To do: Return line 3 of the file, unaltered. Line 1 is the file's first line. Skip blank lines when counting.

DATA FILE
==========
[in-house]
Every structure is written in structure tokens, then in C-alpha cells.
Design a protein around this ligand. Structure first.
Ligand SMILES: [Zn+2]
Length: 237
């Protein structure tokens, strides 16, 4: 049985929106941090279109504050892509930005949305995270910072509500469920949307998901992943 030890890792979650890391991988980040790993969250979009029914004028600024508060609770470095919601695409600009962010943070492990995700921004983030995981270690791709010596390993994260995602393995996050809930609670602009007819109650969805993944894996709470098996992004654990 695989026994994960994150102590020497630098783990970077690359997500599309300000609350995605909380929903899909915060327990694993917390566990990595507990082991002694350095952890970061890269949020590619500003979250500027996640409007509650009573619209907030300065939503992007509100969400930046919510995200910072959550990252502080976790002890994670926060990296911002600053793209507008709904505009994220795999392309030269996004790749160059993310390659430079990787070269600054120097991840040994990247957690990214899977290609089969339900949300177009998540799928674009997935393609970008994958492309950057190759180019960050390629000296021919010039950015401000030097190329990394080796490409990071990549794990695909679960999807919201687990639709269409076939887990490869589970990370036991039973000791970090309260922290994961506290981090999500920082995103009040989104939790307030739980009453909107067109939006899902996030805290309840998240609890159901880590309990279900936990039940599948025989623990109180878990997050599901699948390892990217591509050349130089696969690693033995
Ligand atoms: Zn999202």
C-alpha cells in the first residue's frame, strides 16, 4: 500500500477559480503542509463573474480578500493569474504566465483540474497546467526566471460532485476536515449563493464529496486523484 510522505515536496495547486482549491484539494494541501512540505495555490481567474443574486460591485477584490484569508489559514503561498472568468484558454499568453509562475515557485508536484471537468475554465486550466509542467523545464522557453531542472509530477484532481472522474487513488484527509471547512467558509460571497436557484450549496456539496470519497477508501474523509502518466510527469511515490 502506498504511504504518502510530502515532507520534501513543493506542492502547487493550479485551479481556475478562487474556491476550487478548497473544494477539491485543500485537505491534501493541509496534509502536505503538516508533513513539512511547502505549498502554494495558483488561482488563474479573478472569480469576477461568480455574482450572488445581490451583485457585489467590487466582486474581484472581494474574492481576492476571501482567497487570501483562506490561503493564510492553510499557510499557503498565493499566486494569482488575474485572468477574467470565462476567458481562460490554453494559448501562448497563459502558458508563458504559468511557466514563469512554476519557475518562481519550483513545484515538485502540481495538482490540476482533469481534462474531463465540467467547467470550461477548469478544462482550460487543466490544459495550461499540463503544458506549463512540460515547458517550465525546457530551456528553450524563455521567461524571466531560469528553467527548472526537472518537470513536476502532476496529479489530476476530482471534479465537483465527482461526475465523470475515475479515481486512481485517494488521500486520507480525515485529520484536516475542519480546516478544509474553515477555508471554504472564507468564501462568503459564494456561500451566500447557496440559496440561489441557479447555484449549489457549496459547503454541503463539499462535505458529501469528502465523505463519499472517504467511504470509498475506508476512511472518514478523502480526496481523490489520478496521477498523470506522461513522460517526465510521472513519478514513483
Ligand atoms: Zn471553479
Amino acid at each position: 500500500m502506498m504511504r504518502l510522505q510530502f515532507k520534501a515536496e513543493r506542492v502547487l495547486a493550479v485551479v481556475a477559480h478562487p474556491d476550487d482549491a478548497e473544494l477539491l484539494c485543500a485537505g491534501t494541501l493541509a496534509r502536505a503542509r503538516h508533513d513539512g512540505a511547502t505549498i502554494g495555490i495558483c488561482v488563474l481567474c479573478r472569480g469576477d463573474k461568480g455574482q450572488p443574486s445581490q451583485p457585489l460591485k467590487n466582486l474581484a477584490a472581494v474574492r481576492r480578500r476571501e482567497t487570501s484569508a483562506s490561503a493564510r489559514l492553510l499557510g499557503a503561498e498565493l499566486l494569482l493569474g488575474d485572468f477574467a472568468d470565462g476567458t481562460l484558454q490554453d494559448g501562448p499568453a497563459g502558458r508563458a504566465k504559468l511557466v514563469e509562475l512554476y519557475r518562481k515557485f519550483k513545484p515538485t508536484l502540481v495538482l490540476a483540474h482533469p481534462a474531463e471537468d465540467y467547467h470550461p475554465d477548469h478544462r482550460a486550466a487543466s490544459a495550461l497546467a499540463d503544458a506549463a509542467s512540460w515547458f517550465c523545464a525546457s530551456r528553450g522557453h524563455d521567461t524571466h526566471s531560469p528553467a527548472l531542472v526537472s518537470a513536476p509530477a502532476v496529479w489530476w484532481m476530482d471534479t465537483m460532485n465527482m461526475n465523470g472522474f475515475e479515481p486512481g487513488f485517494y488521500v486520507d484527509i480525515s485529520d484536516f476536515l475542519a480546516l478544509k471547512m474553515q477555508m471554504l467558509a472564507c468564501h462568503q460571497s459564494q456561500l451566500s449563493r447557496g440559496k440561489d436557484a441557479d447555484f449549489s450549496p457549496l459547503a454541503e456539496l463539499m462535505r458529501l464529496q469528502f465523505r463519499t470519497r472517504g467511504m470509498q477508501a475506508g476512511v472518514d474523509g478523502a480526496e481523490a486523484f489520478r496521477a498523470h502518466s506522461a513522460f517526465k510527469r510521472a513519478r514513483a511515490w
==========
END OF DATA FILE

Design a protein around this ligand. Structure first.